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I completed my medical school and background EM training from India (Christian Medical College, Vellore and Apollo Hospitals, Hyderabad) where I worked for 4 years. Following this, I devoted (with all my heart) about 1.5 years to do US Medical Licensing Exams. My stint towards an EM Residency in States did not work but it took me to places and it has been quite a journey. I then relocated to London, England to work as a Registrar (Non-Trainee) in A&E. This gave me an opportunity to better understand NHS, EM training pathways and more importantly the EM Mindsets in the United Kingdom. 

Currently, I am pursuing Higher Specialist Training in Emergency Medicine at South East Scotland Deanery where I have the honour and privilege of training under some of the most innovative brains in the field of Emergency Medicine. Over the past few years, I have realised that LEARNING and UNLEARNING (which can be challenging!) is equally important to deliver cutting edge care to our patients.And through this blog, I aspire to disseminate knowledge, assist trainees with exams and stay up to date with contemporary EM literature. I have always been an avid FOAMed supporter because FOAMed has always played an indispensable role during my training. 


Lakshay Chanana
ST4 EM Trainee 
Edinburgh, Scotland
drlakshayem@gmail.com

Monday, March 28, 2016

Uterine Rupture - An obstetric catastrophe

Introduction
Uterine rupture is defined as a non-surgical disruption or tear of the myometrium and serosa of the uterus with or without expulsion of the fetus. It is a life threatening condition for both the mother and the fetus. The overall incidence of uterine rupture is low but in India and other developing nations, it is 10 fold higher.




Etiology
  • Scarred Uterus Rupture: Previous caesarean scar or myomectomy
  • Unscarred Uterus Rupture: Obstructed labour, Trauma, Grand-multiparty, Uterine anomaly or injudicious use of oxytocin or prostaglandins


Clinical Features
  • Severe haemorrhage, Tachycardia, Hypotension (Shock)
  • Palpable fetal parts with loss of fetal station
  • Recession of presenting fetal parts
  • Prolonged, Persistent, Profound fetal bradycardia
  • Loss of uterine contractility
  • Hematuria
  • Appearance of placenta at vulva 
  • Prolapsed loops of gut into vagina 

Typically seen in patient with history of CS but also possible in Primigravida

USG: Fetus in peritoneal cavity, Free fluid seen

Differential Diagnosis
  • Abruptio Placentae (Similar presentation)
  • Hepatic Rupture in severe pre eclampsia (Look for other signs of pre-eclampsia)
  • Chorioamnionitis (Look for fever, PROM, Tender uterus)

Management
ABC (Wide bore cannulas, fluids, O2, Blood Products)
Stop oxytocin if in progress
Type and Cross Match
Mobilising resources quickly is the key (OBGYN, Anaesthesia, Neonatology)
Immediate laparotomy is indicated 
  • Vertical incision gives better access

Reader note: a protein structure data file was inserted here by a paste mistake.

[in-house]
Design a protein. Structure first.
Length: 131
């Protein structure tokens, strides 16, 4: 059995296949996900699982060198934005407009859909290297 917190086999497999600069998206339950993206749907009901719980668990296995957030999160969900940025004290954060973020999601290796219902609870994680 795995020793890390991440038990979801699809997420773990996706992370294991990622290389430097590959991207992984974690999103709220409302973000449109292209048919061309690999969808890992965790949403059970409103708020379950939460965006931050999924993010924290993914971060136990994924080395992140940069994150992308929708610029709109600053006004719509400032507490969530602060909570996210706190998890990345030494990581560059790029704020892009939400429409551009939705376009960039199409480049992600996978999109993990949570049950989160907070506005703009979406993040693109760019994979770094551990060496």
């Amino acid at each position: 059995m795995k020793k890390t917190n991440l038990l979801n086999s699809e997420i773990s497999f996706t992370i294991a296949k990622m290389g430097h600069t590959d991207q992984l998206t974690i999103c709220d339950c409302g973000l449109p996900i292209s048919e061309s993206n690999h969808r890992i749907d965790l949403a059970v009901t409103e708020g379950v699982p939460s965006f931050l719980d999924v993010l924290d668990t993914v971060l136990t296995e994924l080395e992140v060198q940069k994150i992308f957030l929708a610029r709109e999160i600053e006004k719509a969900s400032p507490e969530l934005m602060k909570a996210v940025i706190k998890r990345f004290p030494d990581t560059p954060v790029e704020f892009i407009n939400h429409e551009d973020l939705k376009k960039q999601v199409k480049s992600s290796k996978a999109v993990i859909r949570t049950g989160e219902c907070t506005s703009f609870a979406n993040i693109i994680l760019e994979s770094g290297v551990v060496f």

• Fetus lies partially or completely in the abdominal cavity
  • Rent repair or hysterectomy are the surgical options depending on the degree of rupture and damage
Several studies have shown that delivery of the fetus within 10-37 minutes of uterine rupture is necessary to prevent serious fetal morbidity and mortality.


Take Home
  • When dealing with trauma in pregnancy, think Placental Abruption and Uterine Rupture (Both can co-exist)
  • Establishing diagnosis early and mobilising the resources quickly and effectively results in favourable outcomes for the mother and fetus

For further reading:
  1. Qudsia, Q. A. Z. I., et al. "Woman health; uterus rupture, its complications and management in teaching hospital bannu, pakistan." Maedica 7.1 (2012): 49.
  2. Blanchette H, Blanchette M, McCabe J, Vincent S. Is vaginal birth after cesarean safe? Experience at a community hospital. Am J Obstet Gynecol. 2001 Jun. 184(7):1478-84; discussion 1484-7.
  3. Leung AS, Leung EK, Paul RH. Uterine rupture after previous cesarean delivery: maternal and fetal consequences. Am J Obstet Gynecol. 1993 Oct. 169(4):945-50. 
  4. Yap OW, Kim ES, Laros RK Jr. Maternal and neonatal outcomes after uterine rupture in labor. Am J Obstet Gynecol. 2001 Jun. 184(7):1576-81
  5. Essentials of Obstetrics - Lakshmi Seshadri and Gita Arjun
  6. Batra, Kanika, et al. "Determinants of rupture of the unscarred uterus and the related feto-maternal outcome: current scenario in a low-income country." Tropical doctor (2015): 0049475515598464.
  7. A Massinde, E Ndaboine, A Kihunrwa. An unusual case of placenta abruption complicated with ruptured uterus: case report. The Internet Journal of Gynecology and Obstetrics. 2009 Volume 13 Number 1.

Author:


   Kritika Atrey 
   Intern
   Aarupadai Veedu Medical College
   Pondicherry
   Twitter: @atrey_kritika

   Edited by Lakshay Chanana @EMDidactic

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